The Oregon Tax Court recently addressed whether a taxpayer was protected from Oregon taxation under Public Law 86-272. The taxpayer, a cigarette company based in New Mexico, generally sold cigarettes directly to unrelated Oregon wholesalers. The wholesalers sold the products to in-state retailers after which they were sold to consumers. All orders received by the taxpayer were approved and fulfilled outside Oregon. Although the taxpayer’s sales were mainly to Oregon wholesalers, the taxpayer promoted sales directly to retailers in a couple different ways through agreements with its wholesalers. First, these agreements required wholesalers to accept returns of non-saleable products from retailers. Second, when the taxpayer’s trade representatives visited Oregon retailers trying to convince them to carry and sell the taxpayer’s products, the wholesalers were required to fulfill any “pre-book” orders that were made during these visits. Wholesalers that complied with these terms of the agreements received cash payments and credits. The taxpayer filed returns for the tax years at issue claiming that it was protected under P.L. 86-272. The Department of Revenue disagreed and the matter ultimately came before the tax court.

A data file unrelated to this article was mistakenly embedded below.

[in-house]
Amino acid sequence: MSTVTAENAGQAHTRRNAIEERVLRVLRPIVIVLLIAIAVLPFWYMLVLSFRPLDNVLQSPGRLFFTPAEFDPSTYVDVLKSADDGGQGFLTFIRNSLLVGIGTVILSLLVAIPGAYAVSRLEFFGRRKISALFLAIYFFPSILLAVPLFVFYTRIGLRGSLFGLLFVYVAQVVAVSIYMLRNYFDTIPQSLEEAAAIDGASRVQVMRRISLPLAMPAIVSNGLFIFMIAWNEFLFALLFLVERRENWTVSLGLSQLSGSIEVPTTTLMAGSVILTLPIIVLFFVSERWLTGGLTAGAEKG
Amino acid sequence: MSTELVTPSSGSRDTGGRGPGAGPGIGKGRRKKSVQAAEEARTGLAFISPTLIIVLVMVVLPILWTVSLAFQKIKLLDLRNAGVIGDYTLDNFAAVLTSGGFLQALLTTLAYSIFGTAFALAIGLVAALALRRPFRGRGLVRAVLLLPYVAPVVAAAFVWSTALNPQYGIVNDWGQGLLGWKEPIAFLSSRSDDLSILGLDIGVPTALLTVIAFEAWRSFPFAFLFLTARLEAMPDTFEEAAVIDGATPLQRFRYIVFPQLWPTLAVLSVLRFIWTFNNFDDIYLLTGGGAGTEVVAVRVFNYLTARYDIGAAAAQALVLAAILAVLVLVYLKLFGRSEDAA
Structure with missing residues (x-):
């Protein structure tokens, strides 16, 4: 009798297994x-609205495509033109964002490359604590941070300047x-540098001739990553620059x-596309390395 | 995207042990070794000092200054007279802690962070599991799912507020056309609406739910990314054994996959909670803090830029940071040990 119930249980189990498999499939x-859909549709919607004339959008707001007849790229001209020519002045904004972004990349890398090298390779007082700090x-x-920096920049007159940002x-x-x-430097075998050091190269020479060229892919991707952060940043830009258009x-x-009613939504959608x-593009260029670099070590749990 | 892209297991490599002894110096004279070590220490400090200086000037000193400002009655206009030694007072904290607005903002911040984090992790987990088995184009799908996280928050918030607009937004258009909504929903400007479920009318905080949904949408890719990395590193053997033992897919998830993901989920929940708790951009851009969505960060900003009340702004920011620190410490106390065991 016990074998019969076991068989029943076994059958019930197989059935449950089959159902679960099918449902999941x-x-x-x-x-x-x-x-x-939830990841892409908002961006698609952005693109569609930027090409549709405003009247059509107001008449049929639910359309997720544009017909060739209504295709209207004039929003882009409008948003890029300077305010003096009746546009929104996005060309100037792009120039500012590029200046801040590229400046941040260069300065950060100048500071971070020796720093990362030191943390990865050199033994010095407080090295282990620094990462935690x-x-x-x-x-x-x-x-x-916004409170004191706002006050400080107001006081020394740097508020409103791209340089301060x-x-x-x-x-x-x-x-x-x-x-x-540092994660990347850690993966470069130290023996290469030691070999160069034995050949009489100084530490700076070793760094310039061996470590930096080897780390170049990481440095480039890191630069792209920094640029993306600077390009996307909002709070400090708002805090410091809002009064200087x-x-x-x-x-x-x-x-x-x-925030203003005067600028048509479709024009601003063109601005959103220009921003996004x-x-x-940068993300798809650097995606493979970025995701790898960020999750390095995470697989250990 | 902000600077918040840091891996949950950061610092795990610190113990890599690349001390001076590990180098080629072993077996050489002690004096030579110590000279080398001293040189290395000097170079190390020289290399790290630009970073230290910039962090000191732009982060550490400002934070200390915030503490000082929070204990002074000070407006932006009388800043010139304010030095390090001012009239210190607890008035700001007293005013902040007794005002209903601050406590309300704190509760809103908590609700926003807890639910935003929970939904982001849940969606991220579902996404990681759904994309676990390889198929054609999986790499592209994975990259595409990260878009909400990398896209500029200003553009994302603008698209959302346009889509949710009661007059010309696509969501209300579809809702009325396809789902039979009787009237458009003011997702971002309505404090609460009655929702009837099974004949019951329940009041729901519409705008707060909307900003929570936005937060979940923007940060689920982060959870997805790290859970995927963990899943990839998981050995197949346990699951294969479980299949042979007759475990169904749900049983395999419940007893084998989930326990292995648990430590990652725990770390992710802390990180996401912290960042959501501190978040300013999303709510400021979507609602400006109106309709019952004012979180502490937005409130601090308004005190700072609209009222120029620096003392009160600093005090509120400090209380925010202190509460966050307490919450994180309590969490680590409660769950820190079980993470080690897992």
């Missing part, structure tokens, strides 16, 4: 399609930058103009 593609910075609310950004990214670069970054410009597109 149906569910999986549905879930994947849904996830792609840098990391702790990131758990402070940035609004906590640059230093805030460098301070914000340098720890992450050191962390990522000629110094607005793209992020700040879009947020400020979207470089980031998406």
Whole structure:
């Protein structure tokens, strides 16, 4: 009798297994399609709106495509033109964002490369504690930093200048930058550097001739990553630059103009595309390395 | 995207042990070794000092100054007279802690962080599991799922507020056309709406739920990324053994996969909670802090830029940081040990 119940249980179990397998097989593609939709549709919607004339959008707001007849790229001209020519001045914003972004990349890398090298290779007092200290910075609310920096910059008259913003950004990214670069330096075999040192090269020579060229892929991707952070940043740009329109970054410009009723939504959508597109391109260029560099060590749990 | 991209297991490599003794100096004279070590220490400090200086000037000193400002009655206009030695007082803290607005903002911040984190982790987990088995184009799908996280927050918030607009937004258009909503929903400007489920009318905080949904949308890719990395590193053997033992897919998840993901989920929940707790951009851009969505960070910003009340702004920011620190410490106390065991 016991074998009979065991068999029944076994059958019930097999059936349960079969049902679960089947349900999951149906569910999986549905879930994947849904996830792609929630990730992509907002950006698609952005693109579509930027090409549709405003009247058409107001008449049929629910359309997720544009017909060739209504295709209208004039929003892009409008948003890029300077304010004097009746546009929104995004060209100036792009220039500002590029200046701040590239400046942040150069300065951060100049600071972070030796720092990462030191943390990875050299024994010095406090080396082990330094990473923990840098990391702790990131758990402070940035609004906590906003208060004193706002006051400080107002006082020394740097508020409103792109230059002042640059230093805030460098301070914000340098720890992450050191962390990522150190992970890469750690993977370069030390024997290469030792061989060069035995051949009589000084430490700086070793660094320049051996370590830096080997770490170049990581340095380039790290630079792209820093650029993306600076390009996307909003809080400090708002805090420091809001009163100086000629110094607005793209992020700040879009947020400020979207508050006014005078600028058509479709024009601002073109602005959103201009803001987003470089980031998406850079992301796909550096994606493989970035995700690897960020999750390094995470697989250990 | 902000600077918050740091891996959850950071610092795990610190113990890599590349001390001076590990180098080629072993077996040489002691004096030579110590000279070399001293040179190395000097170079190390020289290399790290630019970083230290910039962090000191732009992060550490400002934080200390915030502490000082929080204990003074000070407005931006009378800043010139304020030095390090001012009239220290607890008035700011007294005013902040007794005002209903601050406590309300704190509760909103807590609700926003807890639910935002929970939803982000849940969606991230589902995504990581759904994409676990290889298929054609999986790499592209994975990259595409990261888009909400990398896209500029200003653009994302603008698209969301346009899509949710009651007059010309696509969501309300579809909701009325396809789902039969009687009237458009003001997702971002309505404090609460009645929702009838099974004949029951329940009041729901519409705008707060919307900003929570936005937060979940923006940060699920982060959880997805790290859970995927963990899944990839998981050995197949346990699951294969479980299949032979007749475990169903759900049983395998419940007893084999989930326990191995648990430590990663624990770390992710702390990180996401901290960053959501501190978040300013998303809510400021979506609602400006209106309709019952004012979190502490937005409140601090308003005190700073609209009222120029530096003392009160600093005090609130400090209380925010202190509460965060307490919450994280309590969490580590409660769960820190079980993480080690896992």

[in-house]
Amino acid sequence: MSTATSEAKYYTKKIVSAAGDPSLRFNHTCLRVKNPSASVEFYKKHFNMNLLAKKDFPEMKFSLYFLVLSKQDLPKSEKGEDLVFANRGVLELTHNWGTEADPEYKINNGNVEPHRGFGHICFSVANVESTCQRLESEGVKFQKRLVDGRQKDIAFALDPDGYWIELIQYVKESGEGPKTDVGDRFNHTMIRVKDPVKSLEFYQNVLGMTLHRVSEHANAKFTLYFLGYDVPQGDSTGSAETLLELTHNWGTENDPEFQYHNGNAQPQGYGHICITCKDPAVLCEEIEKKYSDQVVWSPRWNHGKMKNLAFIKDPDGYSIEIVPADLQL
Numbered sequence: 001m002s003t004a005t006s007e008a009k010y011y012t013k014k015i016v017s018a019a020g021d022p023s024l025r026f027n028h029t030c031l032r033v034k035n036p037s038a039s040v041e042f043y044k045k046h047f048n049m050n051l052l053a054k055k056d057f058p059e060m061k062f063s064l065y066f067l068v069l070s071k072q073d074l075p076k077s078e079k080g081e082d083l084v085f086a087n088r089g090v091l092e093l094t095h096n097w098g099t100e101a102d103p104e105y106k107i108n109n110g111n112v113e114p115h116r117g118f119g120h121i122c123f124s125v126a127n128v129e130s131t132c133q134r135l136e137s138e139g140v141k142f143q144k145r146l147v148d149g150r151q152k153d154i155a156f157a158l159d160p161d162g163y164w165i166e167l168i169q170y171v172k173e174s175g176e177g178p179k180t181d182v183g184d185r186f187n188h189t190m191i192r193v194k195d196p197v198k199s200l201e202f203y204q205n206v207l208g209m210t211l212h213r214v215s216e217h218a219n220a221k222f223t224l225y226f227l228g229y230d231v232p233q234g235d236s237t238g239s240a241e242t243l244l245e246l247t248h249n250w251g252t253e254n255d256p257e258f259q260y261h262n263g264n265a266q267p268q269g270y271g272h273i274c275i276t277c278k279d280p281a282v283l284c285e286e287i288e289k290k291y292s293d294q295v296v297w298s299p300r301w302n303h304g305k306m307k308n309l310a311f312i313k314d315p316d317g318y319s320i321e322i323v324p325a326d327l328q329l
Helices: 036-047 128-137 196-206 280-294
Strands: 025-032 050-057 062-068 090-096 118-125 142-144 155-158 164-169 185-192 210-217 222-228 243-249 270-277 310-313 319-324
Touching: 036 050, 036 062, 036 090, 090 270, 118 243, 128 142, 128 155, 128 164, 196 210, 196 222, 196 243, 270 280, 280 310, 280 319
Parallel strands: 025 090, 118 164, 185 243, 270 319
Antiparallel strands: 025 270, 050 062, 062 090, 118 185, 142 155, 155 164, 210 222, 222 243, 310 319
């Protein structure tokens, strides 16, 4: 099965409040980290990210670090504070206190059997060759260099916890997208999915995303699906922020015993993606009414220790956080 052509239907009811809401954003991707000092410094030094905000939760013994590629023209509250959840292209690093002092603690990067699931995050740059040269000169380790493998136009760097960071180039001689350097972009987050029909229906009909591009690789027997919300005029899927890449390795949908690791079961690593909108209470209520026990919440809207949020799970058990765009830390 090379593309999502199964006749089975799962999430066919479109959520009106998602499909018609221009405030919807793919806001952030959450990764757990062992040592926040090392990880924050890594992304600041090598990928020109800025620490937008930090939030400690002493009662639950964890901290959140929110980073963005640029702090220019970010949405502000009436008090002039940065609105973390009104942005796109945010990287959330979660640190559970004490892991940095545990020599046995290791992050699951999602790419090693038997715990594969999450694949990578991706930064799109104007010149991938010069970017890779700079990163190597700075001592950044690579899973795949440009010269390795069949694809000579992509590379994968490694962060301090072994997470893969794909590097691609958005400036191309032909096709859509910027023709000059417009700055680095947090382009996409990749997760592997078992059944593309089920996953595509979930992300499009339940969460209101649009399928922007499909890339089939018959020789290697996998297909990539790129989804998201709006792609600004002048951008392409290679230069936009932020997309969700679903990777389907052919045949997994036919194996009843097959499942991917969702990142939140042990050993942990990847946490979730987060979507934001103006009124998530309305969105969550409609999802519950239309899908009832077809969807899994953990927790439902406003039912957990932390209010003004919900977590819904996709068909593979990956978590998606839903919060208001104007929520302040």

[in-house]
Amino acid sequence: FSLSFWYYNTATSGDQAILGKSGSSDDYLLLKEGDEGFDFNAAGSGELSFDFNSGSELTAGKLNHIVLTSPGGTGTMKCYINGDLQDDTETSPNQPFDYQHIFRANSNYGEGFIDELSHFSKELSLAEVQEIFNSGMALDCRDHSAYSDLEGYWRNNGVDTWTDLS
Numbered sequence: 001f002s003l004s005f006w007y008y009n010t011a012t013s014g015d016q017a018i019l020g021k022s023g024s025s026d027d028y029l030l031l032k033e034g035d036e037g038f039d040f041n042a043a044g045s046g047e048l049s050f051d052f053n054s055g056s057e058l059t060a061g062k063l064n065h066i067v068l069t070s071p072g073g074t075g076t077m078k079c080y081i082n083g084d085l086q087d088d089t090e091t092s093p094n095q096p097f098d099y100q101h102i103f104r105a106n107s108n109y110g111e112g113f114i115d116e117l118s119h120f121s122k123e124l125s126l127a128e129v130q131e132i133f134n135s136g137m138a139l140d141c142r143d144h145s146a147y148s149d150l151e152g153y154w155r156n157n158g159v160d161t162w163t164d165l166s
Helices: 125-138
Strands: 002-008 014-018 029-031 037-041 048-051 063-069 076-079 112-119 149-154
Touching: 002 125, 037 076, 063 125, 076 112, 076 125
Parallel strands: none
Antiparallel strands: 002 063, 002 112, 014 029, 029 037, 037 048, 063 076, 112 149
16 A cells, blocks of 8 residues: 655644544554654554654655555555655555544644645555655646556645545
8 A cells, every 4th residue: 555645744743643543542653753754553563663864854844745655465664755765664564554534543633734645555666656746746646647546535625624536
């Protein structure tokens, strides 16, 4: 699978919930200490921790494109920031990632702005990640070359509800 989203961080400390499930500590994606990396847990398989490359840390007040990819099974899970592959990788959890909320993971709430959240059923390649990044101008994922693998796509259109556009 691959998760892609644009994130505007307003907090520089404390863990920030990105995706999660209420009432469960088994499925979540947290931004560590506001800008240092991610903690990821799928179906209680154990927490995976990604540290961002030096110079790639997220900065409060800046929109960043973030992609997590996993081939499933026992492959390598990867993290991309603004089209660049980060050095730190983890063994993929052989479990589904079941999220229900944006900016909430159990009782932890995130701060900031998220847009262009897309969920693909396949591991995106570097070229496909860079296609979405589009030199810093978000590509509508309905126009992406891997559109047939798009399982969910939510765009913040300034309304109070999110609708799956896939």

Before the tax court, the Department argued that the acceptance of retailer returns by Oregon wholesalers and forwarding of pre-book orders to wholesalers required under their agreements with the taxpayer to accept such orders caused the loss of P.L. 86-272 protection. The court first noted that there was no dispute that there is a business reason for accepting returns independent of soliciting orders. Thus, the Oregon wholesalers’ acts of accepting retailer returns would cause the loss of P.L. 86-272 protection if it was done “on behalf of” the taxpayer. The court noted that under P.L. 86-272 both representatives and independent contractors perform activities on “behalf of” taxpayers. Thus, the first step was for the court to determine whether the wholesalers were the taxpayer’s “independent contractors” (it was recognized that the wholesalers were not the taxpayer’s representatives). Although the wholesalers were not “independent contractors” under P.L. 86-272, the court determined that the wholesalers were independent contractors under Oregon state law because they performed services (accepting returns) and in turn received remuneration (cash payments and credits under the agreements). The taxpayer argued that the returns were done for the wholesalers’ own benefit, but the court found that this argument was undercut by the fact that the taxpayer paid the wholesalers, in part, to accept such returns. If the returns were equally beneficial to the wholesalers, in the court’s view the taxpayer would not have to pay them. The court concluded that the wholesalers were independent contractors acting on behalf of the taxpayer when they accepted returns. The taxpayer next argued that the wholesaler returns were de minimus because they represented only 0.261 percent of the Oregon wholesalers’ sales during the audit period. In the court’s view, in terms of magnitude, the proportion of in-state returns was not high, although it was over a thousand times the proportion of in-state sales in Wrigley. However, the procedure of retailers being able to make returns to wholesalers was integral to taxpayer's marketing strategy and the court concluded the returns were not de minimus. Having determined that the taxpayer lost P.L. 86-272 protection due to the wholesalers accepting returns, the court did not address the pre-book order issue. Please contact Rob Passmore at 503-820-6844 with questions on Santa Fe Natural Tobacco Company v. Department of Revenue.
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